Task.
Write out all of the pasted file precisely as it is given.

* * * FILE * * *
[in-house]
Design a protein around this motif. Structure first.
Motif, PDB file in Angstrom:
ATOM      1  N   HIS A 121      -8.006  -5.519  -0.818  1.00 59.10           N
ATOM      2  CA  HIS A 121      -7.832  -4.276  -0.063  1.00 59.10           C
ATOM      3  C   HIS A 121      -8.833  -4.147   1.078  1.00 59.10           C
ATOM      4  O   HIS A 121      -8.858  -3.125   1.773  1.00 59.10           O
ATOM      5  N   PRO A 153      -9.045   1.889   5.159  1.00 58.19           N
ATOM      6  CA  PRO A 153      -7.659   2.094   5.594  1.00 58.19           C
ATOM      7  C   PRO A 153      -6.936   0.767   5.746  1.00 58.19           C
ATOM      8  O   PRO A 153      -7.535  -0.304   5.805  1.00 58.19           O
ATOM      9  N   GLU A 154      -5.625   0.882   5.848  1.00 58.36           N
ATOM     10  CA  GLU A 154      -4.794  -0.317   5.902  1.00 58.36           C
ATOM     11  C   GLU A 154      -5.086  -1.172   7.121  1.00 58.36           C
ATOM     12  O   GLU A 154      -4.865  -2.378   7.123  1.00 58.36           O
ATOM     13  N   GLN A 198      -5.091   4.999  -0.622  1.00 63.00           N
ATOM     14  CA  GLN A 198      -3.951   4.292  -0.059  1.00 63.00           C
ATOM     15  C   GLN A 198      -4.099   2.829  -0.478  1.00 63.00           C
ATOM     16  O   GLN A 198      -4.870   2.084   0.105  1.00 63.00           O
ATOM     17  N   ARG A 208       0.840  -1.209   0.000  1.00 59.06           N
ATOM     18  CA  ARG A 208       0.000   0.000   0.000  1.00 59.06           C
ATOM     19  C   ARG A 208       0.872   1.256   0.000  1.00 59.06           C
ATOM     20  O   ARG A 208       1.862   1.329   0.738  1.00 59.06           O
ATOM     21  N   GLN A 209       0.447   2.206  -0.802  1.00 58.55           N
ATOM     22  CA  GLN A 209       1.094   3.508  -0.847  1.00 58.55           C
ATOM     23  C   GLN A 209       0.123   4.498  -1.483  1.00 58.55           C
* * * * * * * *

[in-house]
Design a protein around this motif. Structure first.
Motif, PDB file in Angstrom:
ATOM      1  N   HIS A 121      -8.006  -5.519  -0.818  1.00 59.10           N
ATOM      2  CA  HIS A 121      -7.832  -4.276  -0.063  1.00 59.10           C
ATOM      3  C   HIS A 121      -8.833  -4.147   1.078  1.00 59.10           C
ATOM      4  O   HIS A 121      -8.858  -3.125   1.773  1.00 59.10           O
ATOM      5  N   PRO A 153      -9.045   1.889   5.159  1.00 58.19           N
ATOM      6  CA  PRO A 153      -7.659   2.094   5.594  1.00 58.19           C
ATOM      7  C   PRO A 153      -6.936   0.767   5.746  1.00 58.19           C
ATOM      8  O   PRO A 153      -7.535  -0.304   5.805  1.00 58.19           O
ATOM      9  N   GLU A 154      -5.625   0.882   5.848  1.00 58.36           N
ATOM     10  CA  GLU A 154      -4.794  -0.317   5.902  1.00 58.36           C
ATOM     11  C   GLU A 154      -5.086  -1.172   7.121  1.00 58.36           C
ATOM     12  O   GLU A 154      -4.865  -2.378   7.123  1.00 58.36           O
ATOM     13  N   GLN A 198      -5.091   4.999  -0.622  1.00 63.00           N
ATOM     14  CA  GLN A 198      -3.951   4.292  -0.059  1.00 63.00           C
ATOM     15  C   GLN A 198      -4.099   2.829  -0.478  1.00 63.00           C
ATOM     16  O   GLN A 198      -4.870   2.084   0.105  1.00 63.00           O
ATOM     17  N   ARG A 208       0.840  -1.209   0.000  1.00 59.06           N
ATOM     18  CA  ARG A 208       0.000   0.000   0.000  1.00 59.06           C
ATOM     19  C   ARG A 208       0.872   1.256   0.000  1.00 59.06           C
ATOM     20  O   ARG A 208       1.862   1.329   0.738  1.00 59.06           O
ATOM     21  N   GLN A 209       0.447   2.206  -0.802  1.00 58.55           N
ATOM     22  CA  GLN A 209       1.094   3.508  -0.847  1.00 58.55           C
ATOM     23  C   GLN A 209       0.123   4.498  -1.483  1.00 58.55           C